Ron DeSantis shies away from Donald Trump criticism at Iowa GOP dinner where both are speaking

Ron DeSantis shies away from Donald Trump criticism at Iowa GOP dinner where both are speaking

DES MOINES, Iowa — Florida Gov. Ron DeSantis vowed “I will get the job done” but shied away from attacking former President Donald Trump as the two top rivals for the Republican presidential nomination were making rare appearances at the same Iowa campaign event on Friday night.

Despite Trump being charged a day earlier with additional counts over his retention of classified documents that could shake up the race, DeSantis stuck to his standard campaign speech, mostly targeting President Joe Biden. The Florida governor also repeated his frequent promise to halt the “weaponization” of the Justice Department, an allusion to Trump’s legal troubles, but offered no specific thoughts on the cases against him. That’s despite Trump also bracing to be charged soon in Washington over his efforts to overturn the 2020 election.

“The time for excuses is over. We must get the job done,” DeSantis said. “I will get the job done.”

Trump frequently avoids attending multicandidate events in person, questioning why he would share a stage with competitors who are badly trailing him in polls. But with Iowa’s first-in-the-nation caucus less than six months away, the former president joined a dozen other GOP hopefuls in speaking to about 1,200 GOP members and activists at the Lincoln Day Dinner.

He also opened an Iowa campaign office in Urbandale, outside Des Moines, prior to the main event — and wasn’t shy about slamming his competitors around the same time DeSantis was taking the stage at the dinner.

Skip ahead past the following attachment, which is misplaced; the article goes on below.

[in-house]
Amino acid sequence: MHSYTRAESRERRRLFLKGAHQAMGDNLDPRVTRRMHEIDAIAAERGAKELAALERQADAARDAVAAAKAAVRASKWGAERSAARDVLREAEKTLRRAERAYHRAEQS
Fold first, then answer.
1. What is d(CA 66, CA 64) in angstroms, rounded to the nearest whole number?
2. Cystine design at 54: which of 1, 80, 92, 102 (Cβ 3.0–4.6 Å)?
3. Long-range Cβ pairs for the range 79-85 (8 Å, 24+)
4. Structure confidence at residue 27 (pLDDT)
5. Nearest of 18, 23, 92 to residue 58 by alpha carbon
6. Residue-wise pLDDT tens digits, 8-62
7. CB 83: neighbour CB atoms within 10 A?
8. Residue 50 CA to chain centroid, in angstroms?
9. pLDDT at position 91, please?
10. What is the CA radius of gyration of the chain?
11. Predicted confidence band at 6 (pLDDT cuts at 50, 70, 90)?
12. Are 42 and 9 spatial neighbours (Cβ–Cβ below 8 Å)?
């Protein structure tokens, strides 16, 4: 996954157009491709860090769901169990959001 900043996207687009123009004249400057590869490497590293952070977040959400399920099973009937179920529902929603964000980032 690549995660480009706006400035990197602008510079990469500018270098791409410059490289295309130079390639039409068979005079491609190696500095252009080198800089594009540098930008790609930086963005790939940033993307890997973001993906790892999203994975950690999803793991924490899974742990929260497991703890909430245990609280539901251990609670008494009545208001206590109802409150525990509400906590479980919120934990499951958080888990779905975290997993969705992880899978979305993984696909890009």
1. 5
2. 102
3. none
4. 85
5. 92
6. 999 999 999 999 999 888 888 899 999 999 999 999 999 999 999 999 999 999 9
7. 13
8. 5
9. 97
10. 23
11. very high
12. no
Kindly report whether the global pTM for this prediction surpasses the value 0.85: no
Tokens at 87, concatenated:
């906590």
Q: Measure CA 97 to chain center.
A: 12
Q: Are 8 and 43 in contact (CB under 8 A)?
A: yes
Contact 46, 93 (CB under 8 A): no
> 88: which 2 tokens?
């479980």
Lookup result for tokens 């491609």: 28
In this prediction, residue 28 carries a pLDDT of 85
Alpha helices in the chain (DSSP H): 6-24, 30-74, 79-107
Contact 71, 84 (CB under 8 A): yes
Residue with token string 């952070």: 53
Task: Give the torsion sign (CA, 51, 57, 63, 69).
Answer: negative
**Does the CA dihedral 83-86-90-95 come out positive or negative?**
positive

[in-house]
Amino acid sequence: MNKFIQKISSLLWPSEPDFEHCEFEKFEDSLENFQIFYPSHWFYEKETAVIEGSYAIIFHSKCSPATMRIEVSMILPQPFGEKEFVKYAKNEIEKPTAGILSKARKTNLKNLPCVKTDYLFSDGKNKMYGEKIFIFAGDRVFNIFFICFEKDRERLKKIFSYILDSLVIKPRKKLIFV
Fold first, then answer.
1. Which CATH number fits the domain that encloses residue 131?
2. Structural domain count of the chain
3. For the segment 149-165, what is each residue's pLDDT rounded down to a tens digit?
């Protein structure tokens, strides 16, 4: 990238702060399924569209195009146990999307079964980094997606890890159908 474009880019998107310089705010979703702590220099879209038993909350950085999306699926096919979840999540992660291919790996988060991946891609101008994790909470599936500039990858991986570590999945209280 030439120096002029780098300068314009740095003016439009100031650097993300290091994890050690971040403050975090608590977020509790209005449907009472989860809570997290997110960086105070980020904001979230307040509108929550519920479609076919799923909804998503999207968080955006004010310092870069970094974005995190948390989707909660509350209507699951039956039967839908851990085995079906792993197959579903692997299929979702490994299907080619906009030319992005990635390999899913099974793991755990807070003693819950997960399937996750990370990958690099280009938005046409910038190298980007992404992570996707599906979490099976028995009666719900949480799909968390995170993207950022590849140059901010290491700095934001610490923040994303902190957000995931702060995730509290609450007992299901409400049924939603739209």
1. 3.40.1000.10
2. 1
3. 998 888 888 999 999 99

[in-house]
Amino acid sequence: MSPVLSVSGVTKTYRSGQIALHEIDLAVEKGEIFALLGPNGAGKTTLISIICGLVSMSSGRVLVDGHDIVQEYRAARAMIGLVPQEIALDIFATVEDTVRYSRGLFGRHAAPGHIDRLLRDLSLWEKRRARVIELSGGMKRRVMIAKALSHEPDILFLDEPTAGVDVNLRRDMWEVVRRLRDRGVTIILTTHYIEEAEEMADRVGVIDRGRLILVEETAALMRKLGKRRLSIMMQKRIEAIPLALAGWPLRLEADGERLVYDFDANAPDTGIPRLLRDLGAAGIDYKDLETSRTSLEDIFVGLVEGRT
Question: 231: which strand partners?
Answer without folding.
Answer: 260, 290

“I understand the other candidates are falling very flat … it’s like death,” Trump said, adding, “There’s no applause, there’s no nothing.”

More than 100 people packed the small office, many wearing “Make America Great Again” hats and shirts. They had waited in 100-degree weather to enter, and the poorly ventilated office quickly became sweltering. Staff handed out water bottles, and people fanned themselves with campaign handouts. Some used paper towels to wipe away sweat.

DeSantis is Trump’s strongest primary competitor but has been trying to reset his stalled campaign for two weeks. He’s increasingly focusing on Iowa in its efforts on trying to derail Trump.

The governor’s stumbles have raised questions about whether another candidate might be able to emerge from the field and catch the former president. Some evangelicals, who can be determinative in the state’s caucuses, have pointed to South Carolina Sen. Tim Scott’s upbeat message and pulpit-style delivery as strengths that could help him rise there.

Scott, who also spoke Friday night and didn’t mention Trump or the cases against him, held a town hall the previous day in Ankeny with Iowa’s Republican Gov. Kim Reynolds. Afterward, Scott took a swipe at DeSantis over the Florida governor’s support for new standards that require the state’s teachers to instruct middle school students that slaves developed skills that “could be applied for their personal benefit.”

The only Black Republican in the U.S. Senate, Scott said all Americans should recognize how “devastating” slavery was. “There is no silver lining” to slavery, he added.

DeSantis has also faced criticism from teachers and civil rights leaders, as well as mounting pushback from some of his party’s most prominent Black elected officials. Florida Rep. Byron Donalds said he hoped officials might “correct” parts of the curriculum addressing lessons on the developed skills of enslaved people. Texas Republican Rep. Wesley Hunt and Will Hurd, a former Texas congressman now also running in the GOP presidential primary, have also criticized DeSantis.